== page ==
Who: Michigan, Michigan State, Michigan Tech, Boston College
When: December 29/30
Where: Joe Louis Arena, Detroit
One of my favorite GLI anecdotes is that there was a group of hockey fans a handful of years ago while Michigan Tech was in the midst of a six year streak of finishing last at the tournament who said that the Huskies shouldn’t be invited to the tournament anymore, overlooking the fact that they are in fact the hosts.
Tech has finished in fourth at the GLI in eight of the last ten years, but this year they have a legitimate shot, despite the strength of the field, of taking home the GLI championship for the first time since 1980. First year coach Mel Pearson has gotten the benefit of a healthy roster, but has completely turned things around in Houghton. The Huskies 6 WCHA wins and 9 wins overall already more than double last year’s totals of 2 and 4, respectively. They’ve spread the scoring around as well: no Husky has 10 goals, but seven Huskies have tallied 4 or more on the season.
Michigan State has been one of the more surprising teams in the country this year. After finishing 10th last year I thought they’d be down in that range again this year, but sit in a tie for 6th in the CCHA through the midway point. Torey Krug has been phenomenal again this year and is showing off why I picked him as an all CCHA defenseman, scoring 5 goals and adding 6 assists in 12 conference games. The Spartans have struggled a bit defensively this year: they’re ranked 21st nationally (which isn’t great in the CCHA) and that is despite having the third best penalty kill in the country at 89.7%.
Michigan will likely be without Jon Merrill due to World Juniors, then again they have been without him all season due to his suspension. Without him the Michigan offense sure hasn’t missed a beat, scoring 3.55 goals per contest which leads all CCHA teams. Defensively has been another story, as Michigan is 7th in the league in scoring defense, allowing 2.65 goals per game (only in the CCHA is allowing 2.65 per a bad thing). Senior goalie Shaun Hunwick got off to a great start but hasn’t really been able to hold onto it, as his save percentage has slipped to .917. He hasn’t had to face many power plays either, with Michigan ranking 7th in the CCHA in penalty minutes.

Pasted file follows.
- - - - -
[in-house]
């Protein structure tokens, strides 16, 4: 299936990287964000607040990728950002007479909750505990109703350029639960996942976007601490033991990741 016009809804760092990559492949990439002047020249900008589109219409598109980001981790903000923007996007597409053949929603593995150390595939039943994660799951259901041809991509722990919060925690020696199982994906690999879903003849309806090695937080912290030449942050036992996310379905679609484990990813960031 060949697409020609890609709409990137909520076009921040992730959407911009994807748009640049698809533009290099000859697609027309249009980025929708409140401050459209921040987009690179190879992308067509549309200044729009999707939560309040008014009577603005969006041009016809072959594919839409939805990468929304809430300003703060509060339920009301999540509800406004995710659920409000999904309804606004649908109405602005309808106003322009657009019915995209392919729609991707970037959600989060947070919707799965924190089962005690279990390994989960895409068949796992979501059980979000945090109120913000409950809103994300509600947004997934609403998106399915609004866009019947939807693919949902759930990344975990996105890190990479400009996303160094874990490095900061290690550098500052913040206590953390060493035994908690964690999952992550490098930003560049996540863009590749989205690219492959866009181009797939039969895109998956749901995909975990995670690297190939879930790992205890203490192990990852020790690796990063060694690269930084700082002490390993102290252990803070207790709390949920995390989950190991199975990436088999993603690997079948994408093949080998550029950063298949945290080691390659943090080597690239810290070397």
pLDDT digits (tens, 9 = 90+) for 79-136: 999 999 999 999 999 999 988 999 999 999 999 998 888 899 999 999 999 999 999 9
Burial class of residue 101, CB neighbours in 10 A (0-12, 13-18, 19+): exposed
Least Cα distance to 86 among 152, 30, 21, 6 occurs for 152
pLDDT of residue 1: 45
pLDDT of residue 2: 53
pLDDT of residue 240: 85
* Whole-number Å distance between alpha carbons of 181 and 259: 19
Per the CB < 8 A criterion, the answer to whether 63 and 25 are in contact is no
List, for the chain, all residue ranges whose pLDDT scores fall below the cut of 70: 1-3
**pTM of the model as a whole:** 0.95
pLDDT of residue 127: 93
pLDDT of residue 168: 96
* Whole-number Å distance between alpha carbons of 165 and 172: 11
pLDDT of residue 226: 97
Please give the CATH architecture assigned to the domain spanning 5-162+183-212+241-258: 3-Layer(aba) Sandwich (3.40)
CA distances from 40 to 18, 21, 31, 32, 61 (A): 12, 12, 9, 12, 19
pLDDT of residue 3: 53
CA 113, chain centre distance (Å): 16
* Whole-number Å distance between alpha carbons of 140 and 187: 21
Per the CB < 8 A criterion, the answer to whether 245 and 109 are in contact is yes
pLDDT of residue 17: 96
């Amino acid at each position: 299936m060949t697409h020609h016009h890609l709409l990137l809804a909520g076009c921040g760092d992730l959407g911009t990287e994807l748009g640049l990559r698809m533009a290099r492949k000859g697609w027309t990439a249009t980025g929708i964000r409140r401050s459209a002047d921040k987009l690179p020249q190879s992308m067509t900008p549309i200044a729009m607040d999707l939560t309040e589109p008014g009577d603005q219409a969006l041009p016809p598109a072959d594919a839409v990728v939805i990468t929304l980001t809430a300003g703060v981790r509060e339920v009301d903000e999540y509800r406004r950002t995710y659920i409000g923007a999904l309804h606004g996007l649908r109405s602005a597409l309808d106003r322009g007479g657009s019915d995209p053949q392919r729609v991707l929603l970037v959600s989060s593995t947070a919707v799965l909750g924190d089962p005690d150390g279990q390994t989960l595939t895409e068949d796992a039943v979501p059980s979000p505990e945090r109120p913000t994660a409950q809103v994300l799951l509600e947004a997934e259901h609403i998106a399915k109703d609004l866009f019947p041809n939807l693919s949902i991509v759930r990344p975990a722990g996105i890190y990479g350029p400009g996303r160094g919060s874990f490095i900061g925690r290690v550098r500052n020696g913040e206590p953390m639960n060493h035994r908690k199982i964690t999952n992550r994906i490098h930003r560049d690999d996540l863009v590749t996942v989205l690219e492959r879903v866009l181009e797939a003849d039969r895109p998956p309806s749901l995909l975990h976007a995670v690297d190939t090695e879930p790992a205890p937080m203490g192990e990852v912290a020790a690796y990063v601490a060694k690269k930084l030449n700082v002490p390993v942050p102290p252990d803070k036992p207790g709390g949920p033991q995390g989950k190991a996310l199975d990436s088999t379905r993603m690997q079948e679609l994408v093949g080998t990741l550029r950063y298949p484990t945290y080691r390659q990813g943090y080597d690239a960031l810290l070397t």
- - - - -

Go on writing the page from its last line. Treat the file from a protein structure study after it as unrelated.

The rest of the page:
Likewise, the Eagles will likely have a player missing due to being at World Juniors, but it will be a player who has contributed all season: Johnny Gudreau has 7 goals and 7 assists in his first 18 collegiate games, and 5 of those goals have come in Hockey East play. The Eagles power play has struggled mightily this year. At just 18.7% it ranks 7th in Hockey East, but its 87.8% PK is best in the league and ranks 10th nationally. BC’s big star is obviously Chris Kreider, who has 12 goals and 23 points and ranks 16th nationally in points per game and 11th nationally in goals per game. Boston College has struggled quite a bit in net this year, as Parker Milner ranks 51st nationally with a .901 save percentage. You can win a national championship, as Duluth showed last year, by getting a hot goalie at the right time, but he’ll obviously have to be better if Boston College wants to win another title.
This year the GLI looks to be the best of the holiday tournaments. All four teams have had quality years so far and all of them still have NCAA tournament hopes. Michigan Tech probably caught a bit of a bad break in its best year in roughly a decade with the GLI having Boston College and Michigan State being better than expected. I’ll take Michigan, who will be playing in a familiar arena and with a full compliment of players, to win this year’s version and their fourth in the last five years.